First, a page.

We propose the creation of a digital studio for the optical and chemical analysis of manuscripts and printed books. In this Level II start-up project, we will capture images of a 1472 guide for priests written in Latin by a Florentine archbishop and printed in Strasbourg using moveable type. We will image selected pages from this book at specific frequencies in the ultraviolet-visible-near-infrared spectrum. We will also conduct spot-level densitometry and Raman spectroscopy on elements in this book. The resulting data from these images will then allow us to create a digital studio that will include interactive tutorials and demonstrations explaining the principles of optical and chemical analysis to students, scholars, and life-long learners in the humanities. This digital studio will also allow users to browse and compare the images and spectroscopic data to form their own understanding of the book’s production process and reception history.
Nicaraguan poet Rubén Darío once posed the following question concerning the effects of U.S. domination of Cuba 15 years following the Spanish American War: “¿Qué espectáculo ofrece hoy día ese pueblo al espectador imparcial? El de una colonia disimulada donde a las aspiraciones de veinte años de lucha ha sucedido un oscuro servilismo al oro yanqui” (“Refutación” 111). Darío suggests that readers visually perceive the situation, that they trust “impartial spectators” in order to truly comprehend the U.S. domination in the region. Spectacles are events based on the optics of the consuming observers; viewers who, at their own leisure, decipher visual productions and performances. Unsurprisingly, Darío himself is the informed spectator and enlightens readers to the colonialist and financial burdens imposed on Cuba. The poet continually implemented this didactic maneuver to uncover the “spectacles” of U.S. domination following el desastre of 1898. The spectacle of the “lucha” of U.S.-Latin American relations, as construed by Darío, is no more evident than in the first printing of his seminal poem “A Roosevelt” in Madrid magazine Helios in 1904.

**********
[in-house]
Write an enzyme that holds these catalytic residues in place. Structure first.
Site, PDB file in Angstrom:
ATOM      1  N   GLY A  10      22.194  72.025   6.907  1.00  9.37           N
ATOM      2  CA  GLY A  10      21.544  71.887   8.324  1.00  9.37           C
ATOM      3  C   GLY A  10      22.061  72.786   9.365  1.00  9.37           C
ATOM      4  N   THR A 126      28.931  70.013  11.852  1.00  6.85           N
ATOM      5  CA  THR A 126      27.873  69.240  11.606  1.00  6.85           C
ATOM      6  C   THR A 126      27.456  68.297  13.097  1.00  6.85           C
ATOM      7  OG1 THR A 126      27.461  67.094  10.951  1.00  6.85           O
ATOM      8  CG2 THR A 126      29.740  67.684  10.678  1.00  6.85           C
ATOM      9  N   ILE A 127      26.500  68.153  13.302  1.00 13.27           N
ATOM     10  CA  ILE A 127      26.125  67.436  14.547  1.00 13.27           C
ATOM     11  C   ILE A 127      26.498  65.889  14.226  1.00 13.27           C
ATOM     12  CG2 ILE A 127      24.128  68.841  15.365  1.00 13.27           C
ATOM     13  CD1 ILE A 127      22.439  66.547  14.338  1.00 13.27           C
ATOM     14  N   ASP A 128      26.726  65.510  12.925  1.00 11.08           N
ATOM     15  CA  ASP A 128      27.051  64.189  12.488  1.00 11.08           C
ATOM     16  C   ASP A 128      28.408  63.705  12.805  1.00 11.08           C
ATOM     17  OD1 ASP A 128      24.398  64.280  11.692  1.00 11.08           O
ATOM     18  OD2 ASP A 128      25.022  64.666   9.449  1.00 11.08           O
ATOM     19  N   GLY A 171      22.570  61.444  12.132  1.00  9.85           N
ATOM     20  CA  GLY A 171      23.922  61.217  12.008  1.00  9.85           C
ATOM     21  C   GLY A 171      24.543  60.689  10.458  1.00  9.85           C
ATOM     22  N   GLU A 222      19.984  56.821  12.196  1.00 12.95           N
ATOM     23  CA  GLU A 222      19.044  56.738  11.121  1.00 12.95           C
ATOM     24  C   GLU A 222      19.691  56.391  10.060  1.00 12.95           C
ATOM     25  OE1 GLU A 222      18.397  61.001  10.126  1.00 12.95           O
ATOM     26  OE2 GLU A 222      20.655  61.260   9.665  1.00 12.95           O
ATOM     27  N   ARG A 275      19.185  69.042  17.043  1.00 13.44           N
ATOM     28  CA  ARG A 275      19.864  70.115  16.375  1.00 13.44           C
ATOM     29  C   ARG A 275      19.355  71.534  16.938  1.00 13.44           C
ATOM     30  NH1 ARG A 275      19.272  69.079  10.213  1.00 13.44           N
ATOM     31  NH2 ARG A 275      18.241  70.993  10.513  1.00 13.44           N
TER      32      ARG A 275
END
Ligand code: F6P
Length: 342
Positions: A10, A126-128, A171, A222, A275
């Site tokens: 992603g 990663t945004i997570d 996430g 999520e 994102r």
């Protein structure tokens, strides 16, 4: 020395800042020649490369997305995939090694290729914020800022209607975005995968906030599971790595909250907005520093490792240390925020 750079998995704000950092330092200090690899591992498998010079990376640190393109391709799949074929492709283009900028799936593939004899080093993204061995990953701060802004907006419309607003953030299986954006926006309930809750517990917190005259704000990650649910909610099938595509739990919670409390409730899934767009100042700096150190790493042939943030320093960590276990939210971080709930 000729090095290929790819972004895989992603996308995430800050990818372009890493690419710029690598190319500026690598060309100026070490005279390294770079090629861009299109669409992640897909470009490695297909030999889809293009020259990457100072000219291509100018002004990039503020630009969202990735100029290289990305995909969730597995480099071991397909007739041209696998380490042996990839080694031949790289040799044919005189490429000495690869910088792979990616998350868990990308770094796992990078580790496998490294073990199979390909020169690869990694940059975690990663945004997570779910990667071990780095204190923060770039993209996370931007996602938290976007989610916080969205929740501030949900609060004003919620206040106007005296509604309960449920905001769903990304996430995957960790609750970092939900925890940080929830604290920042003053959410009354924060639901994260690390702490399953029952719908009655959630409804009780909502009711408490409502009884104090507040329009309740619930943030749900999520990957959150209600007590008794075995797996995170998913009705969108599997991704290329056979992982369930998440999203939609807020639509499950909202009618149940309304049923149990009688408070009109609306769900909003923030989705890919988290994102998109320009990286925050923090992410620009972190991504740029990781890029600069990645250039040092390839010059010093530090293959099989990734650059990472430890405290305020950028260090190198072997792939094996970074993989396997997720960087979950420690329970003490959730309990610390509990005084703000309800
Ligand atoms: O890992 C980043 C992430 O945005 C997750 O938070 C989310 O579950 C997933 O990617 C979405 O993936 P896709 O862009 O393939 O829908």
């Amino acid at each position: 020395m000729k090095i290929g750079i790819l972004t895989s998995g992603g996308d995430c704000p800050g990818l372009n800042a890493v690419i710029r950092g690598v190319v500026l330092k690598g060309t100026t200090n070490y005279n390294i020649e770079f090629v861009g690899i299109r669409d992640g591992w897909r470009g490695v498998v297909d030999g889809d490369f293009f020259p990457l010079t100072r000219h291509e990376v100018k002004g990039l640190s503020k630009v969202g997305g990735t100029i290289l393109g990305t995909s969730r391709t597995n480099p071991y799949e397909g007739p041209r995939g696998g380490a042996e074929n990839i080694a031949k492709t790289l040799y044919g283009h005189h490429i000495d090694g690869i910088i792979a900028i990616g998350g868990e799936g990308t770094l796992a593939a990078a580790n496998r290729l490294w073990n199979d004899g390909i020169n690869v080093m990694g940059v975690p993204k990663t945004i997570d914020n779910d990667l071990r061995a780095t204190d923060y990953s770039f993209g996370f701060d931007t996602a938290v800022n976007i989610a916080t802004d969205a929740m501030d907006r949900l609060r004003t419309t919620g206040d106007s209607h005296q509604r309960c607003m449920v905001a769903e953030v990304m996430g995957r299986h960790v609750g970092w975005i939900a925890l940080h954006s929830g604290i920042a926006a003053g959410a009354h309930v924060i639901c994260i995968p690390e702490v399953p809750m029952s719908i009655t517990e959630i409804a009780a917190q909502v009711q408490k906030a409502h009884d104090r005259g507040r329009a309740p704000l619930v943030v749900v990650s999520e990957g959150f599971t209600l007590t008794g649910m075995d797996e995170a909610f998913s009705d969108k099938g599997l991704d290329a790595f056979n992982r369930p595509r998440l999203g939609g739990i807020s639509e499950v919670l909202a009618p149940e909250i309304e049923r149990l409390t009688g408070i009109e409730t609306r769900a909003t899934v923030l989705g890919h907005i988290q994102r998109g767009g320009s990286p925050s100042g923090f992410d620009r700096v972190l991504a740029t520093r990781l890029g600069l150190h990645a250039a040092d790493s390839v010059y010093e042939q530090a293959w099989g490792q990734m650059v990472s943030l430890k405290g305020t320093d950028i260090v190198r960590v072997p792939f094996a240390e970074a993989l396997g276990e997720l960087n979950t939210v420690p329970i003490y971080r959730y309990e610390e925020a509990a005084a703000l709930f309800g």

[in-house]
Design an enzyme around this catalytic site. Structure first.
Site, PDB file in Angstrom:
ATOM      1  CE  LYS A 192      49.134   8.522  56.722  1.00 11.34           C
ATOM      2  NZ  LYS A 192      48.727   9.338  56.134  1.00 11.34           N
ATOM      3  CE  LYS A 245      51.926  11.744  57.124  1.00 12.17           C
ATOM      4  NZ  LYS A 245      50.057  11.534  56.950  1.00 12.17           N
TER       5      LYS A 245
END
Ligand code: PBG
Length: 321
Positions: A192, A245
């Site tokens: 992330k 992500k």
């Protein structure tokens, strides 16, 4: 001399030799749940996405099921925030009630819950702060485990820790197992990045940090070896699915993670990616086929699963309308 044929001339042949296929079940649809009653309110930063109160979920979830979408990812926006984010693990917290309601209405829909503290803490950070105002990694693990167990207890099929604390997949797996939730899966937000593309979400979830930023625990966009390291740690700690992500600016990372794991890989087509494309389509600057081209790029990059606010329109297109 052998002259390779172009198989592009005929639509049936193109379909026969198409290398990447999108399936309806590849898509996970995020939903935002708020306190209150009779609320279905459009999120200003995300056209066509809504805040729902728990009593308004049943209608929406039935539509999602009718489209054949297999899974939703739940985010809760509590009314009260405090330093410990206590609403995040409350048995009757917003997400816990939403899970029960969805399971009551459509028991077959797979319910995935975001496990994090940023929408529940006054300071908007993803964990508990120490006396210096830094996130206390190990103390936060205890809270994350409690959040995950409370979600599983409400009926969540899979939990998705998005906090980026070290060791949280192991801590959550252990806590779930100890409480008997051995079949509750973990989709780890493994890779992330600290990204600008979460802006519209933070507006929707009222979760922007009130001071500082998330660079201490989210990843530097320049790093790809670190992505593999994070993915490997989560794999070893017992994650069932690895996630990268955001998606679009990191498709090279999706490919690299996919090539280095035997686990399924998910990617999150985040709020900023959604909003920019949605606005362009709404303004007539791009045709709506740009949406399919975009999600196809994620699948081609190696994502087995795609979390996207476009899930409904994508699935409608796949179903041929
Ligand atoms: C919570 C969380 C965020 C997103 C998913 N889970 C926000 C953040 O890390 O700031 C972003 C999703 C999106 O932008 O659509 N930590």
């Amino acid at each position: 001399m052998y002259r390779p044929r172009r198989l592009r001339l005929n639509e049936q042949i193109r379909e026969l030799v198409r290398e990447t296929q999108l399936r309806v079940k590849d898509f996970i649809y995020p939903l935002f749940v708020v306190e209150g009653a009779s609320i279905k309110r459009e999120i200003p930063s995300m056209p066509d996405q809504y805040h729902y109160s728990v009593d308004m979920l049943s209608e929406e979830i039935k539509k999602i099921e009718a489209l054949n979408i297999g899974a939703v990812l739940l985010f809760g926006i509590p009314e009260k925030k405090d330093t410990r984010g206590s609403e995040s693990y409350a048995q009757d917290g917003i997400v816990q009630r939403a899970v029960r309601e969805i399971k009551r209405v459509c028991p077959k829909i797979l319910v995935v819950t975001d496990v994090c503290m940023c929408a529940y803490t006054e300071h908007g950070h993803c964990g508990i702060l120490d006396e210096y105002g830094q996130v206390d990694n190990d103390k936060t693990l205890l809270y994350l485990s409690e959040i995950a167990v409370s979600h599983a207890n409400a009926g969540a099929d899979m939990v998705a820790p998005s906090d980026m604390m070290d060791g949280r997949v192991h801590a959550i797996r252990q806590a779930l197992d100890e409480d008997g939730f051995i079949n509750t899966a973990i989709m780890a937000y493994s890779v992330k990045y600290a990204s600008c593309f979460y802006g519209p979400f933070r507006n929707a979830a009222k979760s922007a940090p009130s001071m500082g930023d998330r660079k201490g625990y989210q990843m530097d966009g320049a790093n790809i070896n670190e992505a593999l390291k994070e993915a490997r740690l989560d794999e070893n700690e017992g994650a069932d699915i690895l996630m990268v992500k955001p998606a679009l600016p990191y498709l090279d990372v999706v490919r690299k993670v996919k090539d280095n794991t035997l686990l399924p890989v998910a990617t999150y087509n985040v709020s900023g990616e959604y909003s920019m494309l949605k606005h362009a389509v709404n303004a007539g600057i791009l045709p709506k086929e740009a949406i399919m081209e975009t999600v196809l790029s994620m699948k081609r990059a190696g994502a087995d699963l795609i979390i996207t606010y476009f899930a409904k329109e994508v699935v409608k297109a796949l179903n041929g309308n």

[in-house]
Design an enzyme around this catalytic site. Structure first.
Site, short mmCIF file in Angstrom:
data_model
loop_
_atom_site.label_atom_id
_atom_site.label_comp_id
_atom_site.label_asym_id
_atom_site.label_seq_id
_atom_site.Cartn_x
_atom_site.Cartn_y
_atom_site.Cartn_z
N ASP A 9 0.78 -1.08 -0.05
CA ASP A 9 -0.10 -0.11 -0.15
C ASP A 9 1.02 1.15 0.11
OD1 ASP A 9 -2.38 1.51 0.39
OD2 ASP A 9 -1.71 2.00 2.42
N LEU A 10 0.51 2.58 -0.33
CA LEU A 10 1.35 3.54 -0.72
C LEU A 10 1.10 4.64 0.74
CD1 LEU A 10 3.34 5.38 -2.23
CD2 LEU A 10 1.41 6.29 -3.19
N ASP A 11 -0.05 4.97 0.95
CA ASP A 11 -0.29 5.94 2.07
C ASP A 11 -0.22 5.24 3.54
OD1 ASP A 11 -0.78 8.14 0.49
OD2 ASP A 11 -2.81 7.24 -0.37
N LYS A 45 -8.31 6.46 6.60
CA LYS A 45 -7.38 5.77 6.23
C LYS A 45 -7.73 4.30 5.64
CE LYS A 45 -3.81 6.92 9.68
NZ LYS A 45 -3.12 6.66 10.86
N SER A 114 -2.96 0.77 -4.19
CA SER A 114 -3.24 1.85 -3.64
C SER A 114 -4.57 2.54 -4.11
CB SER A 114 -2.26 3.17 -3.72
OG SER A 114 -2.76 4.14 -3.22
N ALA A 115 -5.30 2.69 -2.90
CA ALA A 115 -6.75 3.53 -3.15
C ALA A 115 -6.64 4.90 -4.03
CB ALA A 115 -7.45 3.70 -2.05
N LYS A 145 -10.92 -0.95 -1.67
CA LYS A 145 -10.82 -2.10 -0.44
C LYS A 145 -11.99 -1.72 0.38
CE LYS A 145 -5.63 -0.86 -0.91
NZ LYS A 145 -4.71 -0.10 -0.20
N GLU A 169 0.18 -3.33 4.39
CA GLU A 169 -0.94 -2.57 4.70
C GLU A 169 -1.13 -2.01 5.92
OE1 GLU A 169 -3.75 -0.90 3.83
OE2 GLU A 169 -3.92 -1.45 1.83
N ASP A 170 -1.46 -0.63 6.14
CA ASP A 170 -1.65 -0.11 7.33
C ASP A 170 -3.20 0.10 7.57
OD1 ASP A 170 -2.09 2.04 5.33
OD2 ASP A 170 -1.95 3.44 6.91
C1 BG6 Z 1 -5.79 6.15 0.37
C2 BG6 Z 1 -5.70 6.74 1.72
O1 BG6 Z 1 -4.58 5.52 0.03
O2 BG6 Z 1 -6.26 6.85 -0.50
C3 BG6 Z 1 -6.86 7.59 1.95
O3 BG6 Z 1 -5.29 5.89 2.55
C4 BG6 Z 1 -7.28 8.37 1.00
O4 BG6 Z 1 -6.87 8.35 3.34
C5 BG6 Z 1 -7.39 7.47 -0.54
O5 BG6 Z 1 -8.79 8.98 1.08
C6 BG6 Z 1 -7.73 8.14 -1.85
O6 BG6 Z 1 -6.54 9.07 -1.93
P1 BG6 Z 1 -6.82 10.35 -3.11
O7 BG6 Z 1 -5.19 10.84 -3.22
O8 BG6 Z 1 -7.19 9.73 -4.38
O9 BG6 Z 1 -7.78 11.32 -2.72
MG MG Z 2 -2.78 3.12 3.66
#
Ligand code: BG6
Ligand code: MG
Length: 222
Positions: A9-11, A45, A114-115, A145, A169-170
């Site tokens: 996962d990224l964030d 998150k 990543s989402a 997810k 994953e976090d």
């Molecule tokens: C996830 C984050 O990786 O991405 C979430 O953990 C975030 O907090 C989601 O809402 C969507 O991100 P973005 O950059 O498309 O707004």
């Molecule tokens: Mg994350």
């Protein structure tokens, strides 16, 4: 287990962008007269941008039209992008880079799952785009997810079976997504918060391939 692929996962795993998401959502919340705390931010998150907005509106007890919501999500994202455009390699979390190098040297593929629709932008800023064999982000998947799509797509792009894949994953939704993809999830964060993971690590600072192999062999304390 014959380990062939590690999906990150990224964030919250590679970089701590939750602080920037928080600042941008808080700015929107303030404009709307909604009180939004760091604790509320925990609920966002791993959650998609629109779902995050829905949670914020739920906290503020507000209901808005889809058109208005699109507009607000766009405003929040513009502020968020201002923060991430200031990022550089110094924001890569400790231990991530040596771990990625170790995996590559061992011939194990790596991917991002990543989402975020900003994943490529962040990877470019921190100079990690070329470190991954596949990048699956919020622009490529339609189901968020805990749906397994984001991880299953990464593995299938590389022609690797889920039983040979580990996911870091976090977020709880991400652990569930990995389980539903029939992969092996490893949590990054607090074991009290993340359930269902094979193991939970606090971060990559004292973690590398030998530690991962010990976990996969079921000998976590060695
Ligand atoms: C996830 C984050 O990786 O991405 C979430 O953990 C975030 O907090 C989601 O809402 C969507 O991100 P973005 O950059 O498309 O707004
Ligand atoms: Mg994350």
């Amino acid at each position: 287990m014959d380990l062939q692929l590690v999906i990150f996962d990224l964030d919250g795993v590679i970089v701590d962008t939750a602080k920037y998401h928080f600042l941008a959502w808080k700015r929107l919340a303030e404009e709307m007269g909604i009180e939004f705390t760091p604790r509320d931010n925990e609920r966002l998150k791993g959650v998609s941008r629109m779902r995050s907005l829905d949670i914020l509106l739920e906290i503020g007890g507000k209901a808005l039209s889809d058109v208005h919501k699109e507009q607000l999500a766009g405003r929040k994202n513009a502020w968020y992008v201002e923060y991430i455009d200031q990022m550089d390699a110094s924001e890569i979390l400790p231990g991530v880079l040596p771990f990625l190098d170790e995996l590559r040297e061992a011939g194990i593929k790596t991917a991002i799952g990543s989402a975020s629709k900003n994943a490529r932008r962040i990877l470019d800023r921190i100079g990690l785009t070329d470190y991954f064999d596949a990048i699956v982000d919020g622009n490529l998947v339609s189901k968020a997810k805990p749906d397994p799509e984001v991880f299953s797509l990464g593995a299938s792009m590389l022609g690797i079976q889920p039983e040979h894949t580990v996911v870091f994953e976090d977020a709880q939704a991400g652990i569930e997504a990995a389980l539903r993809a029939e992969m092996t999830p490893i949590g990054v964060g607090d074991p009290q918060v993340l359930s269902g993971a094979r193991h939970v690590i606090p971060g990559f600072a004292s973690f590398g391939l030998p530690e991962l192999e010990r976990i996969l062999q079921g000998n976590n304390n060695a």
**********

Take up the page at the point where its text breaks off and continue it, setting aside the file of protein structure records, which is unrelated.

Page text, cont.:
On the scholarly editing of historical documents as digital objects.
Description of the codex Oxford, Taylor Institution Library, Arch. 8° G. 1519 (11). This composite codex consists of 19 prints, printed between 1519 and 1522. The texts of print no. 1-11 and no. 13-19 are written by Martin Luther. The text of nr. 12 is about him.
In this interview Adrian Edwards, lead curator of Printed Historical Sources, The British Library, talks to Ernesto Priego about the Comics Unmasked: Art and Anarchy in the UK exhibition at The British Library, 2 May – 19 August 2014.
Brett D. Hirsch, “The Kingdom Has Been Digitized: Electronic Editions of Renaissance Drama and the Long Shadows of Shakespeare and Print.” Literature Compass 8.9 (2011): 568-91.
Selective bibliography on the beginning of printing in Europe.
Bachelor of Arts Thesis on the first printed German cookbook.
This is a book review (pre-print) of the 2014 book by Lifshitz.
Twentieth-century American literature; African American literature; the literature of social movements; women’s literature; Marxist and feminist theories; print cultures; graphicity; representations of reading, writing, ink, and print; contemporary American poetry